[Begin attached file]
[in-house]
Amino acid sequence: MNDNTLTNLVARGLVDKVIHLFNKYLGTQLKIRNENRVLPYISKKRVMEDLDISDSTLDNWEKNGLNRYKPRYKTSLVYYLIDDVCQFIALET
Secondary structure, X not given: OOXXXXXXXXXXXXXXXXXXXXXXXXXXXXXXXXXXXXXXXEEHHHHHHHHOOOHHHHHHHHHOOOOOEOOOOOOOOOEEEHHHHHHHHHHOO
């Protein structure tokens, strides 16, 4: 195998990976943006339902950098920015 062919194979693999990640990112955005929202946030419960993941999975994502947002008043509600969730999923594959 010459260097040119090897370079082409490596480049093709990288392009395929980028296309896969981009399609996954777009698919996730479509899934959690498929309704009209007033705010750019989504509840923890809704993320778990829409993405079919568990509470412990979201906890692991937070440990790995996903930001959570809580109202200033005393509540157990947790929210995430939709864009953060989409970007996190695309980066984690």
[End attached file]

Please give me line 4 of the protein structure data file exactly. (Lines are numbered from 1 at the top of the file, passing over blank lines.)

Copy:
């Protein structure tokens, strides 16, 4: 195998990976943006339902950098920015 062919194979693999990640990112955005929202946030419960993941999975994502947002008043509600969730999923594959 010459260097040119090897370079082409490596480049093709990288392009395929980028296309896969981009399609996954777009698919996730479509899934959690498929309704009209007033705010750019989504509840923890809704993320778990829409993405079919568990509470412990979201906890692991937070440990790995996903930001959570809580109202200033005393509540157990947790929210995430939709864009953060989409970007996190695309980066984690």